Cultures Not Costumes

Halloween has never been a real thing or event in my life. I started to think about how Halloween costumes are hella ridiculous last year when I was looking for something to wear to my NYC community center costume party. As I browsed lots of costume stores with great disgust at the sexualized and racialized representations in costumes, I couldn’t believe just limited a woman’s options are to partake in Halloween. I mean, does every feminized costume have to be “sexy”? Sexy cop? Sexy nurse? Sexy janitor? Sexy sexy girl? I mean, c’mon. If you dressed sexy to half those jobs, it’d be hella unsanitary.

I’d strike a conversation with different people about it and folks would be like, “Val, don’t take it so seriously! Halloween is just for fun!” I’d be like, “oh,” and feel like a sociologist out of water then my smart-girl complex would get the best of me so I’d back off.

So, I decided to commission my partner to make a costume out of a hoodie. He came up with a chicken. I risked my vegan friends being mad at me, but my costume was a live chicken, not fried or cooked or anything. Anyway.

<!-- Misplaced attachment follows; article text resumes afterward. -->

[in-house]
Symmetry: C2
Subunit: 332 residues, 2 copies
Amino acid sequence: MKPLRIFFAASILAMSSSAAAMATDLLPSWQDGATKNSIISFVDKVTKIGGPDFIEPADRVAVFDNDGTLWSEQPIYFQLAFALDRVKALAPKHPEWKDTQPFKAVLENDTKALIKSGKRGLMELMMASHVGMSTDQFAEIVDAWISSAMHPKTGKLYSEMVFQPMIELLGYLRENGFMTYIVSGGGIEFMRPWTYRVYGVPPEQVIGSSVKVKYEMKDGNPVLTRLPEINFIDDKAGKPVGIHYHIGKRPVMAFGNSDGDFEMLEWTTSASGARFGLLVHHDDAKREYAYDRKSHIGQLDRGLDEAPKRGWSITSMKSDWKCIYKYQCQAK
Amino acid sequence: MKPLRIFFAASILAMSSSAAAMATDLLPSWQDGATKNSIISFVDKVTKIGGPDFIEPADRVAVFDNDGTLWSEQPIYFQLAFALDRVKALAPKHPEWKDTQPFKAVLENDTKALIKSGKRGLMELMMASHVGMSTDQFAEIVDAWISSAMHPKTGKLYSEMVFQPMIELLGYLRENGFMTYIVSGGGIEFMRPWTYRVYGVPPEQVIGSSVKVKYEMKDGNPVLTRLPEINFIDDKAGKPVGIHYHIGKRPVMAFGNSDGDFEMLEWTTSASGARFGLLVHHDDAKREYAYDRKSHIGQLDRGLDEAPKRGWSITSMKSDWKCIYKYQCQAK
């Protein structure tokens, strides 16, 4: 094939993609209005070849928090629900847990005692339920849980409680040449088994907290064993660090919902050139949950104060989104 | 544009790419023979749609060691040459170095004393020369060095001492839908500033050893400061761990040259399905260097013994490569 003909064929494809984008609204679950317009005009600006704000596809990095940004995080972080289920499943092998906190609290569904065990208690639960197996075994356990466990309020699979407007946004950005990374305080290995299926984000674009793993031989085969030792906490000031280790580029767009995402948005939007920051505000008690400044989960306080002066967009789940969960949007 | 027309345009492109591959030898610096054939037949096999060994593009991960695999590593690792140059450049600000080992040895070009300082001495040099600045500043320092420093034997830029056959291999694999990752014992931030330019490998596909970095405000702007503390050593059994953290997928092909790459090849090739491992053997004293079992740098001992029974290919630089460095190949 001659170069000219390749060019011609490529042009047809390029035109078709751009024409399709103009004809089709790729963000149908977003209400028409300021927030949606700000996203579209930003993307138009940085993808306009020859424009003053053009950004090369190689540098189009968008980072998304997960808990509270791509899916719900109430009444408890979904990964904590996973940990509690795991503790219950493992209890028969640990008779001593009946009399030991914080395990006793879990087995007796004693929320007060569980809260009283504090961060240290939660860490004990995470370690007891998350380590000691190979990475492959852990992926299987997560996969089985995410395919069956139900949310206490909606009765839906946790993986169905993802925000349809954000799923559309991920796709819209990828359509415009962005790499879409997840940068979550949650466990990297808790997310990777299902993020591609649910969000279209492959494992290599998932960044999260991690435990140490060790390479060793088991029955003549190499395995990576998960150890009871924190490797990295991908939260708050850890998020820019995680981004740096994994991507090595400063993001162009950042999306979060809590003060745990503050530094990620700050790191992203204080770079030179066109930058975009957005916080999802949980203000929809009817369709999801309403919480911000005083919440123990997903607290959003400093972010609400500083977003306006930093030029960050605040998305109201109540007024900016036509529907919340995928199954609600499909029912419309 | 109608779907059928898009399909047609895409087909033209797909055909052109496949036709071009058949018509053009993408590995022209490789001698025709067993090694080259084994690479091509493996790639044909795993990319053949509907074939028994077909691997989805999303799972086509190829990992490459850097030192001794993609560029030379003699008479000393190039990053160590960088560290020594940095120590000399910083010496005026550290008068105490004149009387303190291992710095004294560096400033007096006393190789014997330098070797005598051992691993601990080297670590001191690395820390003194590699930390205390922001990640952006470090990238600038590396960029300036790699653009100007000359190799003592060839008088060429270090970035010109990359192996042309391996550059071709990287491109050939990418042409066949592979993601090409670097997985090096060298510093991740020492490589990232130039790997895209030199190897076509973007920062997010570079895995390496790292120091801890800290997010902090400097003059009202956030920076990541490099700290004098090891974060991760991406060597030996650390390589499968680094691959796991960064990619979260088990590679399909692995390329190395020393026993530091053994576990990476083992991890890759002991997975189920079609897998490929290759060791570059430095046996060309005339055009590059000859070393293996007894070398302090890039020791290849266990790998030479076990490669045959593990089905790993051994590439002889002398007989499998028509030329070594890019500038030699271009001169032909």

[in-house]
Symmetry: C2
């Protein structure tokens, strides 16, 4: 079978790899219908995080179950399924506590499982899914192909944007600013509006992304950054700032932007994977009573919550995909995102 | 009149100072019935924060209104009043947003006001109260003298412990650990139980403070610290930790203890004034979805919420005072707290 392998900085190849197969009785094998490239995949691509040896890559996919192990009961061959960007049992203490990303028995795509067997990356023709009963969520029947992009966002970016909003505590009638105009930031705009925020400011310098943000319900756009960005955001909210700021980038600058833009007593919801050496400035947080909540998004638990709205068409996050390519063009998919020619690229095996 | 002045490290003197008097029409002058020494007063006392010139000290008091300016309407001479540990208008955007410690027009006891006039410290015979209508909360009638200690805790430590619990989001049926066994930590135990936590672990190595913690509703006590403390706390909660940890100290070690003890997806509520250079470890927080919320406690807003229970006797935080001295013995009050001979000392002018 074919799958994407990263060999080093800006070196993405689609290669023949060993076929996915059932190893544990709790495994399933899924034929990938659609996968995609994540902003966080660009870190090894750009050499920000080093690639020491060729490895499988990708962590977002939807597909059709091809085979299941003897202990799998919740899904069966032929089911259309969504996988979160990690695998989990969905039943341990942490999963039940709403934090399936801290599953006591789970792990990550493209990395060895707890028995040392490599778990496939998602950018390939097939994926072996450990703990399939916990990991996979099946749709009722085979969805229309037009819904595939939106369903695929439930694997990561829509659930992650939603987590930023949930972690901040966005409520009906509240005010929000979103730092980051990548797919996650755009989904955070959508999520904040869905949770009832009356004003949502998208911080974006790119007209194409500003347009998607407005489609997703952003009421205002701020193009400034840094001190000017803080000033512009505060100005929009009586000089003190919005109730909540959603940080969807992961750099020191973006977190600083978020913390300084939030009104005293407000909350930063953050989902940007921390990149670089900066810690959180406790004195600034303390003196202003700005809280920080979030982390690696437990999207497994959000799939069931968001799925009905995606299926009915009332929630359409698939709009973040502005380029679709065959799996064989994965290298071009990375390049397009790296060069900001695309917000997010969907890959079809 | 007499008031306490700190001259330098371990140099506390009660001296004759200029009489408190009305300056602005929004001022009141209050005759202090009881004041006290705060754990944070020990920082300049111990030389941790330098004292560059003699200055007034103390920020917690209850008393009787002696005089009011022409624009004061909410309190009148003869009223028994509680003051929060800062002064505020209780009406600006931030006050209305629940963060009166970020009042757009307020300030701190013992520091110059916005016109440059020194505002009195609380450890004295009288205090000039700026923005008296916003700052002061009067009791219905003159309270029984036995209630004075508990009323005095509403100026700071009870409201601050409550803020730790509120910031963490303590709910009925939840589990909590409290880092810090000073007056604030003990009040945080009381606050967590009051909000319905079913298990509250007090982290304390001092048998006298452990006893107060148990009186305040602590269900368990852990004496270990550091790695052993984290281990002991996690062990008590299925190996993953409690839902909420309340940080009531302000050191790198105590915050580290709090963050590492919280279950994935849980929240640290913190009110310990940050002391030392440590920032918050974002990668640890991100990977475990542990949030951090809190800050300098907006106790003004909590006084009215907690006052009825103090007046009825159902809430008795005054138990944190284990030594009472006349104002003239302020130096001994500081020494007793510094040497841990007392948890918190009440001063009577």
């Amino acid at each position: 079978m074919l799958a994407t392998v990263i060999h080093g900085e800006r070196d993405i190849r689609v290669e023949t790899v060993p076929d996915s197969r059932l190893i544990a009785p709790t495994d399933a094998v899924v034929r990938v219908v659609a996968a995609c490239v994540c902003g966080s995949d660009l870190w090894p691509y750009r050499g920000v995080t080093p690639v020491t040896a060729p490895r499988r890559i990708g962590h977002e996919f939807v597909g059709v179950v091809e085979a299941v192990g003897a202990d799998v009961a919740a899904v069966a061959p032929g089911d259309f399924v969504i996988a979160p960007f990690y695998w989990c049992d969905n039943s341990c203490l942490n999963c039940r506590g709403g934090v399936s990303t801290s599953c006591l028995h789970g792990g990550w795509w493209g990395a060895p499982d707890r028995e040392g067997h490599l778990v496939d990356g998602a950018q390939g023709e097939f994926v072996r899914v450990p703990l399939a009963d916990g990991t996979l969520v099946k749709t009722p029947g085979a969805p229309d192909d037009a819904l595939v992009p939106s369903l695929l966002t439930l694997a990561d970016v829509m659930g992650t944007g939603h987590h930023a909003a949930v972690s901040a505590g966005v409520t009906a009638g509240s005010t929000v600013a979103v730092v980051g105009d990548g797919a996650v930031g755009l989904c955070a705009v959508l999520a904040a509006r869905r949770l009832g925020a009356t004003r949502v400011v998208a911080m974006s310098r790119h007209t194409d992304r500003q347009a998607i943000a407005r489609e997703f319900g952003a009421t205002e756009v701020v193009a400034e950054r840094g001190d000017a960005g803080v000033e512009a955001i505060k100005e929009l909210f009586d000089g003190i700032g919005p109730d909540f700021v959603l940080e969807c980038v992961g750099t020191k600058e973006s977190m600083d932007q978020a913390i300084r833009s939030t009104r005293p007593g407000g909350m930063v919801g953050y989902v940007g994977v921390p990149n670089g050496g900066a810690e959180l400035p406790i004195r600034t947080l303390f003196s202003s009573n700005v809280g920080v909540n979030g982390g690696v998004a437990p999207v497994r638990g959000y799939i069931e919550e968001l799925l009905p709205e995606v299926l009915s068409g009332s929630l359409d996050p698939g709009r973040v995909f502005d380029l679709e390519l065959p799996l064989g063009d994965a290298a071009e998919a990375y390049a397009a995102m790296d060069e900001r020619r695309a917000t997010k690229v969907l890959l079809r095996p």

This year, instead of feeling defeated by the rant that Halloween is just for fun and that racialized and sexualized costumes are okay just because they are the norm. This year I urged my family here in the Bay to make costumes with me so that we could tap into our creative crafting selves but also so that my cousins, mostly women, wouldn’t have to wade through the sex costumes.

But really, props to Ohio University student organization, STARS, Students Against Racism on this campaign on racialized costumes. Straight to the point.

Also, on the heels on my previous post about undergrad education and students not being critical enough–BLAOW to the naysayers.

It’s not okay to belittle a culture. Not okay. At all.

This last one, especially, has a great message.

One response to “Cultures Not Costumes”

  1. jordan beltran gonzales Avatar
    jordan beltran gonzales

    Thanks for your writing, Valerie. I appreciate reading your reflections.

    Tonight I tried in vain to critically engage these issues with someone, but they weren’t trying to hear anything about being complicit with their own domination, let alone that of other folks . . . and that’s where the STARS movement is so powerful. The faces and voices of the students in the STARS movement bring these messages to a whole ‘nother level.


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